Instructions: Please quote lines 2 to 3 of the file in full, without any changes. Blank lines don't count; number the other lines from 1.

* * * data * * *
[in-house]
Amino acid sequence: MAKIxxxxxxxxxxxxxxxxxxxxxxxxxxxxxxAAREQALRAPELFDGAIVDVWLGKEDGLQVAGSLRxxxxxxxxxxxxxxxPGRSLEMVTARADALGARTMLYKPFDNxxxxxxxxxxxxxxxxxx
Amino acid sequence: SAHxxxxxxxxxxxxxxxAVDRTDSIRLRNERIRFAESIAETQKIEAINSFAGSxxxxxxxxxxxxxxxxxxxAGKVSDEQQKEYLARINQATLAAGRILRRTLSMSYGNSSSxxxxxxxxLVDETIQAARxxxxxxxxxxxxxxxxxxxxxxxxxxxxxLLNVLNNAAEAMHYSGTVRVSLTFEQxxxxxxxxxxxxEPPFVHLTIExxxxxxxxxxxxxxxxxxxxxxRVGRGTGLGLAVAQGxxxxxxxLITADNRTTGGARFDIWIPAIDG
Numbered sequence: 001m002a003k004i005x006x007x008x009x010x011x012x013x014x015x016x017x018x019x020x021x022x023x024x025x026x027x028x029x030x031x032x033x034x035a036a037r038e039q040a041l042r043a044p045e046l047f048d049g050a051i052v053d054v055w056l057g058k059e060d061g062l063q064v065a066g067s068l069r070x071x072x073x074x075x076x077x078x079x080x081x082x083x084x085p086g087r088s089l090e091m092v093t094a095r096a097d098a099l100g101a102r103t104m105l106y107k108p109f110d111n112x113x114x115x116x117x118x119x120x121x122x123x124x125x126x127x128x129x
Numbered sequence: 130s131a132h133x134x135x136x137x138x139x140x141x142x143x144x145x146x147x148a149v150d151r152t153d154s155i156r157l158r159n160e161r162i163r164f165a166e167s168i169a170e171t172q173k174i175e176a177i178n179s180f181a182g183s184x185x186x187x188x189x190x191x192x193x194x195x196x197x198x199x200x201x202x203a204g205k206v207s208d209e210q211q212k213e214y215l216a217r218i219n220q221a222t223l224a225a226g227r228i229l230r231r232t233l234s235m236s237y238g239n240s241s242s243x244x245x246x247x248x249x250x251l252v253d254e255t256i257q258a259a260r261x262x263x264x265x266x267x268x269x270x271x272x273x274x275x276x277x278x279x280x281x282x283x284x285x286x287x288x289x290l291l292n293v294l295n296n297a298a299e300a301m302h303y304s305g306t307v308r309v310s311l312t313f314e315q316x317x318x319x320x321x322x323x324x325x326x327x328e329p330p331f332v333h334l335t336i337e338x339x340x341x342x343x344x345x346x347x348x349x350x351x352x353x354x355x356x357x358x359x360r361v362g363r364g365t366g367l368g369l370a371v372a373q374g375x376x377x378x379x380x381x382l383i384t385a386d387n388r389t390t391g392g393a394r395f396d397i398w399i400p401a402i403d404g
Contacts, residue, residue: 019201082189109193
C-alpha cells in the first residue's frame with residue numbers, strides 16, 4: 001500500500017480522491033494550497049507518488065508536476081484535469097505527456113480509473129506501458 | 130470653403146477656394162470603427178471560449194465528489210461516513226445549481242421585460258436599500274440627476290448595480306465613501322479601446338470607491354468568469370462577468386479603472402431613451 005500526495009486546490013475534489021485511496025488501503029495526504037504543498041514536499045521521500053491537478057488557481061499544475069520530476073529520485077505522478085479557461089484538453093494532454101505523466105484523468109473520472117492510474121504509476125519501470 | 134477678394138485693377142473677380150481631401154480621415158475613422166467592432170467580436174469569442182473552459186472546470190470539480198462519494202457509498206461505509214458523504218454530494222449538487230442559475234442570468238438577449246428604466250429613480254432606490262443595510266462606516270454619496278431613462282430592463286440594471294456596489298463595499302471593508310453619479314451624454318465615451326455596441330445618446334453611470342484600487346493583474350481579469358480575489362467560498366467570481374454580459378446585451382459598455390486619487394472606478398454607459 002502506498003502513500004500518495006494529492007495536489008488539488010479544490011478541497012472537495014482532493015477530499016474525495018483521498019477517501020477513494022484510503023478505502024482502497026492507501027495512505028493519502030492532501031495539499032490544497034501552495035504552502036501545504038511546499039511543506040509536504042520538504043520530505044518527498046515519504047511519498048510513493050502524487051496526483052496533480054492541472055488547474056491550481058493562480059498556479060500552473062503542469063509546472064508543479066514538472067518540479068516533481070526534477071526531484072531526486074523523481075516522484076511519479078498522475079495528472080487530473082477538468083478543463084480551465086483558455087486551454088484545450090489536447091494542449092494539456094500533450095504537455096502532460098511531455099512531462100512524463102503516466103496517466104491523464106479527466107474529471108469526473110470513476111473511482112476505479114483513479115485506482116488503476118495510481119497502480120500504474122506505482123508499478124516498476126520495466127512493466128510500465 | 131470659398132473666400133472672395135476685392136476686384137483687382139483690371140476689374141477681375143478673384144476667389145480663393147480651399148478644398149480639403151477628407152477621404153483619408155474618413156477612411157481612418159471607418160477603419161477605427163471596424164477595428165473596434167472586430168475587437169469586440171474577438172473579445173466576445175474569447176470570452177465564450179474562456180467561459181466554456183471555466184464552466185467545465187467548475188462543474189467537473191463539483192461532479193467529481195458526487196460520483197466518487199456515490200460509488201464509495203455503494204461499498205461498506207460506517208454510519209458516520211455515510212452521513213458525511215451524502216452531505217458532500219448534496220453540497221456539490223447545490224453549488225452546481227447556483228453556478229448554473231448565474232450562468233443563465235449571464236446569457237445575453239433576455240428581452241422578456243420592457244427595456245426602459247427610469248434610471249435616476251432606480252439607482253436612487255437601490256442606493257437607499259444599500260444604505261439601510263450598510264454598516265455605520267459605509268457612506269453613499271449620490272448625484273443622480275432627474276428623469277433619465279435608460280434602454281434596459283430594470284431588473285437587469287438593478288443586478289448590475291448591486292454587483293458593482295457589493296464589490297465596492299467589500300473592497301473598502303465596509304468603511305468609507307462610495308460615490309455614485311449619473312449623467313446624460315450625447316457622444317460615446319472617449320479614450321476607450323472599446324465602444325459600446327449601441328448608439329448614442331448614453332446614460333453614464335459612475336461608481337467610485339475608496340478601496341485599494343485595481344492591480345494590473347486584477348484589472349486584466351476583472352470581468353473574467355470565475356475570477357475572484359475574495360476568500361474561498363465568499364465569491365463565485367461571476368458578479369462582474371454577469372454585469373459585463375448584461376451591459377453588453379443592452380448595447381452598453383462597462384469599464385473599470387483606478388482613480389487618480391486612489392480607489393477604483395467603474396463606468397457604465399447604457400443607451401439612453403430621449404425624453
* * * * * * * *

Amino acid sequence: MAKIxxxxxxxxxxxxxxxxxxxxxxxxxxxxxxAAREQALRAPELFDGAIVDVWLGKEDGLQVAGSLRxxxxxxxxxxxxxxxPGRSLEMVTARADALGARTMLYKPFDNxxxxxxxxxxxxxxxxxx
Amino acid sequence: SAHxxxxxxxxxxxxxxxAVDRTDSIRLRNERIRFAESIAETQKIEAINSFAGSxxxxxxxxxxxxxxxxxxxAGKVSDEQQKEYLARINQATLAAGRILRRTLSMSYGNSSSxxxxxxxxLVDETIQAARxxxxxxxxxxxxxxxxxxxxxxxxxxxxxLLNVLNNAAEAMHYSGTVRVSLTFEQxxxxxxxxxxxxEPPFVHLTIExxxxxxxxxxxxxxxxxxxxxxRVGRGTGLGLAVAQGxxxxxxxLITADNRTTGGARFDIWIPAIDG